Today’s adversaries are so elusive that much of the debate of future investment priorities in the quadrennial review revolves around how to free up money for more intelligence-gathering and reconnaissance.
If we are going to avoid wasting a lot of money through needless redundancy, some service needs to take the lead on these new reconnaissance initiatives.
The Air Force is the obvious candidate because it already has the lead for orbital systems and it has the widest array of airborne reconnaissance vehicles.
That brings me to a sixth point, and a rather touchy one, about space.
Everyone knows that America’s ability to employ orbital systems is a key facet of its military dominance, and the Air Force plays a central role in that mission area.
There are sound, physics-based reasons why space will always be the best place from which to provide communications, weather data, and navigational positioning.
However, it is not so clear that space is the best place from which to collect the kind of intelligence we need today.
Obviously, if a country has control of its airspace and human agents are hard to develop, then space may be our best option for finding out what’s happening there.
But most places we really care about today are suitable venues for deploying manned and unmanned reconnaissance aircraft that can get much closer to items of interest.
Considering how uneven our efforts to develop next-generation imagery and eavesdropping satellites have been over the last few years, it seems nearly certain that we will turn increasingly to airborne collectors for the insight we need.
My seventh point concerns jointness, the sharing of assets and responsibilities among the services to facilitate military success and efficiency.
There was a time when airmen presented air power as the “winning weapon,” the tool that could win wars unassisted.
It was a wonderful dream, but nobody in the Air Force really takes that view of warfighting seriously anymore — the requirements of victory have become too complex.
So when proponents of air power think today of air dominance or precision bombing or aerial reconnaissance, they are usually thinking about how they can help the other services and allies as well as themselves.
That is a huge cultural shift, but it has been in progress since the Vietnam War, so we shouldn’t be surprised that the Army today is offloading artillery in anticipation of more airborne fire support from the Air Force.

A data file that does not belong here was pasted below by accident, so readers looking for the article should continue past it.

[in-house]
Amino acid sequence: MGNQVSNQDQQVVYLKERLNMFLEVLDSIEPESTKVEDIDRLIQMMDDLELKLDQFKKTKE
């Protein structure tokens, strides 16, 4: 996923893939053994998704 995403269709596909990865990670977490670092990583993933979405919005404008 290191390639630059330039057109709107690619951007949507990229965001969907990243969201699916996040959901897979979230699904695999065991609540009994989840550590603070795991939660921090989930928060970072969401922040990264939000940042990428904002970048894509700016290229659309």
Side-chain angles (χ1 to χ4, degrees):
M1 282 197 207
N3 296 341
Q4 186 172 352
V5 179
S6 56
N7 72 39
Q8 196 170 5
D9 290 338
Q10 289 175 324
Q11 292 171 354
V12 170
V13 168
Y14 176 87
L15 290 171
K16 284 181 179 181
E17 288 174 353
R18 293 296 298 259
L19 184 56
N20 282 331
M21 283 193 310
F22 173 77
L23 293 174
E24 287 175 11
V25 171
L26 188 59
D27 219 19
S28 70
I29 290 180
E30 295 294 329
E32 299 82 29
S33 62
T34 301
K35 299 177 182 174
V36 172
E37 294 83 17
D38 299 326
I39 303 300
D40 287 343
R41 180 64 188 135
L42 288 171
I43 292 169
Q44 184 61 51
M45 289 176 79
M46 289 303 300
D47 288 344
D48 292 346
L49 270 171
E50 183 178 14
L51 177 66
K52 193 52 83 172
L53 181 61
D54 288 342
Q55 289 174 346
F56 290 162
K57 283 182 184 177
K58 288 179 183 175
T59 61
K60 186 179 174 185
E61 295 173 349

Nor should we be surprised that the mobility metrics for the Army’s next-generation armored vehicles are keyed to Air Force transport planes, because that’s the only way they’re going to get to the other side of the world quickly.
Under the pressure of new threats and tight budgets, this cooperation will continue growing for the foreseeable future, breaking down the tribal biases of the past.
Which brings me to my eighth point — my final point — about the meaning of air power in the emerging operational environment.
When the phrase “air power” was first invented by visionaries at the beginning of the last century, it was meant to be taken literally — as the use of airplanes to bring about a revolution in warfare.
Air power in that sense is still very important, but there is a larger, more metaphorical meaning to the phrase that seems to be taking hold in the information age.
Air power today is about the application of advanced technology to military purposes, whether it takes the form of aerial vehicles or orbital systems or digital networks.
The Army is, and always will be, about people.
The Air Force, I would submit, is about technology.
I said to you earlier that the defining feature of the global landscape today is its rapid transformation by new technology.
All of the military services understand this, but all are not as able or as willing to embrace new technology on its own terms.
Unlike the older services, the Air Force was founded on the promise of new technology.
Today, that enthusiasm for new tools and new possibilities permeates the culture of airmen in a way that has seldom been seen in the history of warfare.